The developer of the Menominee Nation Arena has filed for bankruptcy protection.
By Miles Maguire
The city has taken legal action to avoid making incentive payments to the current owner of the Menominee Nation Arena.
“Fox Valley Pro Basketball Inc. … is eyeing tax increment financing funds to execute a Hail Mary attempt to avoid liquidation,” the city said in a motion filed Friday.
“Unless the debtor demonstrates a credible ability to satisfy the requirements for assuming its agreement with the city, the court should not require the city give the debtor hundreds of thousands of dollars that would otherwise be available to a successor-in-interest that will operate the arena as a financially viable property."
The city has agreed to pay Fox Valley $5.5 million, with the first installment, about $430,000, to be disbursed Nov. 1. But in a 127-page filing, the city argues that it should not have to turn over this money because its agreement with the arena developer has not been fully carried out.
Greg Pierce, the president of Fox Valley, was not immediately available for comment. Mayor Lori Palmeri declined comment.
The city wants Fox Valley to act by Oct. 31 to hold up its end of the bargain. This would entail paying costs incurred by the city, some of which are past due; satisfying existing liens; resolving existing loan defaults; and providing assurances about future performance.
If the city is successful in holding on to the payments, it would undermine the arena developer's plan to reorganize under Chapter 11 of the bankruptcy code. The developer filed for bankruptcy protection Aug. 19, and a hearing is scheduled in the case Oct. 2.
According to legal papers, the single largest revenue source that the arena is looking at from October through January is the tax incentive payment that could arrive in November.
As an alternative to an order allowing it to hold on to the money, the city said it should get some form of financial protection for payments that it makes. "If the City is required to pay this year’s ... payment to the debtor, the court [should] also require the Debtor to post a bond or provide other adequate protection for the city’s interest in the ... payment."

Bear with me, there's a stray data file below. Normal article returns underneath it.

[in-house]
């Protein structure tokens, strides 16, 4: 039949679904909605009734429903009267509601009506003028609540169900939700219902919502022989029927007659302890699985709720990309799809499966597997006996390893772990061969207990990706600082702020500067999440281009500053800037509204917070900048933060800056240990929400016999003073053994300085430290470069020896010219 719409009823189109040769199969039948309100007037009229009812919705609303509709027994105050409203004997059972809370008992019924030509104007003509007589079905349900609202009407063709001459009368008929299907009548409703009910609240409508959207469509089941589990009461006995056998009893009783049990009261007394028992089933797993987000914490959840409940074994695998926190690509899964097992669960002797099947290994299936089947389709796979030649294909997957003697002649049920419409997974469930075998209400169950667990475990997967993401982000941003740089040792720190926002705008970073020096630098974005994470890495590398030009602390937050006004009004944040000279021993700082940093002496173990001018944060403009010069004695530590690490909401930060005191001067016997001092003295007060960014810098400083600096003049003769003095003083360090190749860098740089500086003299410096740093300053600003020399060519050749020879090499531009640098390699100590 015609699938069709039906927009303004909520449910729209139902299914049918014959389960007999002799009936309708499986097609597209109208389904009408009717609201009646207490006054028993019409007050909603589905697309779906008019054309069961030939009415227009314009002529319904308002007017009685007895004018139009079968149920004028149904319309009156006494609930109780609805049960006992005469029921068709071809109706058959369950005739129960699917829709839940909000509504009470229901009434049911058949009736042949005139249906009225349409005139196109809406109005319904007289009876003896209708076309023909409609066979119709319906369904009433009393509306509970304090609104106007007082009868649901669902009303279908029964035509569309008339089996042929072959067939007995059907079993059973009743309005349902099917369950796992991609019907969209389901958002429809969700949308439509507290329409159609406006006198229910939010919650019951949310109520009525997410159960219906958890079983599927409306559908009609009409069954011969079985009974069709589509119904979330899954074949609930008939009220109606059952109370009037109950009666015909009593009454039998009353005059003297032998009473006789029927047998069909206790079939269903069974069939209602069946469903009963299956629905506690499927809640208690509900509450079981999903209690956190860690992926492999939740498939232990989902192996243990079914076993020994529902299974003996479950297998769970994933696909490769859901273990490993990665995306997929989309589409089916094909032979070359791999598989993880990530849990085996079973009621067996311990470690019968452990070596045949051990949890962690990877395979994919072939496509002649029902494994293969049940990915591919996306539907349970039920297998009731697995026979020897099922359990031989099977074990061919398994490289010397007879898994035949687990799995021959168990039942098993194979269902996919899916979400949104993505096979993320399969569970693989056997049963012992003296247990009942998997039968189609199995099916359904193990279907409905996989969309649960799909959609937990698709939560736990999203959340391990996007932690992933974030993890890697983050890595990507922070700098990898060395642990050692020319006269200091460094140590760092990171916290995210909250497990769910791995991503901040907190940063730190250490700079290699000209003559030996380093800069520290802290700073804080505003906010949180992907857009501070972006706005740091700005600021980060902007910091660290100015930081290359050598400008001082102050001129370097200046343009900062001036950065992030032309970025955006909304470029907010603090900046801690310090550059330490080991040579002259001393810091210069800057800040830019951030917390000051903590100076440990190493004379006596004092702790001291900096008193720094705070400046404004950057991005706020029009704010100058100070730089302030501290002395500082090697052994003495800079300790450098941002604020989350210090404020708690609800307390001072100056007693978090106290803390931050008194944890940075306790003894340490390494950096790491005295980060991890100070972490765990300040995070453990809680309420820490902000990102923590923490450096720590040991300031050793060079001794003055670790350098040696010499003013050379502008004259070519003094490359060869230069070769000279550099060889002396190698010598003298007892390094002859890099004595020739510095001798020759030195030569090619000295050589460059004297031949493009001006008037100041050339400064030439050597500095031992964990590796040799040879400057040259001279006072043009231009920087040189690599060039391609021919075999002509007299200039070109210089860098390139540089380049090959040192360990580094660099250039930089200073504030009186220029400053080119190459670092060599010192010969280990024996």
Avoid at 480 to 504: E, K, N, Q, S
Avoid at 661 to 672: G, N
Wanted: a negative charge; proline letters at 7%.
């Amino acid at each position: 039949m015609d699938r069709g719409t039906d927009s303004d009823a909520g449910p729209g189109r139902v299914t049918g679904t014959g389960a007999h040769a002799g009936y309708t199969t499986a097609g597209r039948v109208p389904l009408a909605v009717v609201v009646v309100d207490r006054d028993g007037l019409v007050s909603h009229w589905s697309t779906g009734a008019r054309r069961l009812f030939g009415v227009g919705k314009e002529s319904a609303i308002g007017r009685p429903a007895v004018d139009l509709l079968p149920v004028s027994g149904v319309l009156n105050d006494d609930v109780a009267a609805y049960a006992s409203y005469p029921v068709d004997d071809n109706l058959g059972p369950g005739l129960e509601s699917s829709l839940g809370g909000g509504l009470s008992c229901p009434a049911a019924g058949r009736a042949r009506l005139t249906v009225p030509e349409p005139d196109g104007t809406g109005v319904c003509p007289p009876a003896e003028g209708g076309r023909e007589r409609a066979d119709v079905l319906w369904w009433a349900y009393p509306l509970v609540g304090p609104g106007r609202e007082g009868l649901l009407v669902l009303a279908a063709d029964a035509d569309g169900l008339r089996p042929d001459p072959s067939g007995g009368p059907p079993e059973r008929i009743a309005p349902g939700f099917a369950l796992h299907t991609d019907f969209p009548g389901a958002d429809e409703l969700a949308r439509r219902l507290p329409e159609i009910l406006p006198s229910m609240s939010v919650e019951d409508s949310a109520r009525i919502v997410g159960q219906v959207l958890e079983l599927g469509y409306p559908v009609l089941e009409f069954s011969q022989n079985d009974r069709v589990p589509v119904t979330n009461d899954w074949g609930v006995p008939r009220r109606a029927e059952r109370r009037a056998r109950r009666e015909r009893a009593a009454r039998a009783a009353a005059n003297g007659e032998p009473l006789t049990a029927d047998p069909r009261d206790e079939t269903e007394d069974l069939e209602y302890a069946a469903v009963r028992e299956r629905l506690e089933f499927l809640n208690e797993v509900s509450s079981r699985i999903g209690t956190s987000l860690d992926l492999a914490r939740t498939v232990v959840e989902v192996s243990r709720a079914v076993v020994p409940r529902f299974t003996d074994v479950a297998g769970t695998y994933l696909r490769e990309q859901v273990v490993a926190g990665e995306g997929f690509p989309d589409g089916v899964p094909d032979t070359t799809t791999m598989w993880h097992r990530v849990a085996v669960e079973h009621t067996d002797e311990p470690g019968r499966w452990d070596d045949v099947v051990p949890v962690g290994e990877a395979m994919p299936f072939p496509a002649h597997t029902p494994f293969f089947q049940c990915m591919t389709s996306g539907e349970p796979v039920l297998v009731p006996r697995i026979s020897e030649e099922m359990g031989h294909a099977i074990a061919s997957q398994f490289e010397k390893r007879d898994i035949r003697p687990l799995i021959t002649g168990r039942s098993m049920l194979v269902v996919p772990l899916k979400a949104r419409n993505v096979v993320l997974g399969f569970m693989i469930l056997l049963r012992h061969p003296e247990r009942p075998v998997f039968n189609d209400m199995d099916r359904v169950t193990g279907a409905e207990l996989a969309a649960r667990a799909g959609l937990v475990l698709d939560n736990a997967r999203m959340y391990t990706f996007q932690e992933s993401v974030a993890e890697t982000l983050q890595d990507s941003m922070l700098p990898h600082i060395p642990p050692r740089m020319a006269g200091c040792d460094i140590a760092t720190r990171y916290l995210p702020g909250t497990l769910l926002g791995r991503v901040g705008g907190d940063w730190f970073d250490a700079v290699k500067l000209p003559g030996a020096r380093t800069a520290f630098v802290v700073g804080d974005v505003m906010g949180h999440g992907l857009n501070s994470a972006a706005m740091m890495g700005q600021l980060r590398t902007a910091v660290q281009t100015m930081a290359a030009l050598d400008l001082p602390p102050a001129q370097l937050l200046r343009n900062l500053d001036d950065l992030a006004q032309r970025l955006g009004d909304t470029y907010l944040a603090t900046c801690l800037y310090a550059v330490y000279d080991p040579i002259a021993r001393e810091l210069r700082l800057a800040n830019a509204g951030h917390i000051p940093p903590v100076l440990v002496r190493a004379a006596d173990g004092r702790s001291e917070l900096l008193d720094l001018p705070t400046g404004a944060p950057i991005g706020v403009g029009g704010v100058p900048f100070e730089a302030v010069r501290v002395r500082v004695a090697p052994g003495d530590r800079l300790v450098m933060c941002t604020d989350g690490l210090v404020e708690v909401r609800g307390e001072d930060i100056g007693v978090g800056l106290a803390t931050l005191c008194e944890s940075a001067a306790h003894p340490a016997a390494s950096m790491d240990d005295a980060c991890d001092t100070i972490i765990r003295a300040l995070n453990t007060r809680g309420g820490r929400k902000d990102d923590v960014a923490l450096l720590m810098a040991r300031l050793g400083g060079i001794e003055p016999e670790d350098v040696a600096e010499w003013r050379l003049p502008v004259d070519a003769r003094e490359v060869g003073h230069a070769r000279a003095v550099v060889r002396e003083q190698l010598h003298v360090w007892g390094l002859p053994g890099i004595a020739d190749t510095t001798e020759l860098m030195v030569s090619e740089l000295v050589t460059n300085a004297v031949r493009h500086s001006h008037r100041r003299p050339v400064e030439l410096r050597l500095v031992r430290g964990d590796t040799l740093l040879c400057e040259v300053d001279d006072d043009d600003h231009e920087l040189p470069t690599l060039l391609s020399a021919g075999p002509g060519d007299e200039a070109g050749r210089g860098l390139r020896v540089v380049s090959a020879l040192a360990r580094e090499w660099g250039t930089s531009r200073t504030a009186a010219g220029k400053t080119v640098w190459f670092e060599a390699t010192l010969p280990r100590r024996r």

The developer owes more than $20 million to a variety of suppliers and lenders. Its largest creditor is Bayland Buildings Inc., the general contractor for the project, which is owed $13 million. Fox Valley also has a large number of individual shareholders, many of them from Oshkosh, who could lose their investments if the company goes under.
"We want to make sure the development succeeds. That's why we filed the motion," said City Manager Mark Rohloff. "Whoever ultimately owns the arena is who we want to help."
The incentive payments, called tax incremental financing or TIF, were promised to offset extraordinary development costs associated with the arena, including city infrastructure and environmental remediation. The public money should go to support the development and not the developer, Rohloff said.
The filing calls into question the developer's ability to move ahead. The arena "apparently only has just enough money to operate before accounting for its millions of dollars of debt and special assessments," the city said. It also criticized the terms of loan the arena has received from Windward Wealth Strategies, a local investment firm that is also headed by Pierce.
Without this intervention, the city faced the possibility that the incentive payments would be used to pay off the Windward loan. "For the funds from the TIF to go to settle a bankruptcy, that’s not the purpose of the TIF incentive," Rohloff said. The money was always intended to support the arena, "not to pay off a popcorn vendor or anything like that."
The city's motion raises doubts about the developer's actions and representations. The filing cites a 2017 development agreement with the city in which Fox Valley said it had “sufficient funds through equity and debt financing sources to continuously operate, maintain and fulfill" the arena project.
In addition "there are serious questions about how the debtor spent the $19.7 million it reported it raised to the Securities and Exchange Commission," the city said.
The city itemized the amounts it is owed by the arena:
- Police and Fire...$12,659.
- Miscellaneous ... $173.
- Attorney's fees ... $24,294.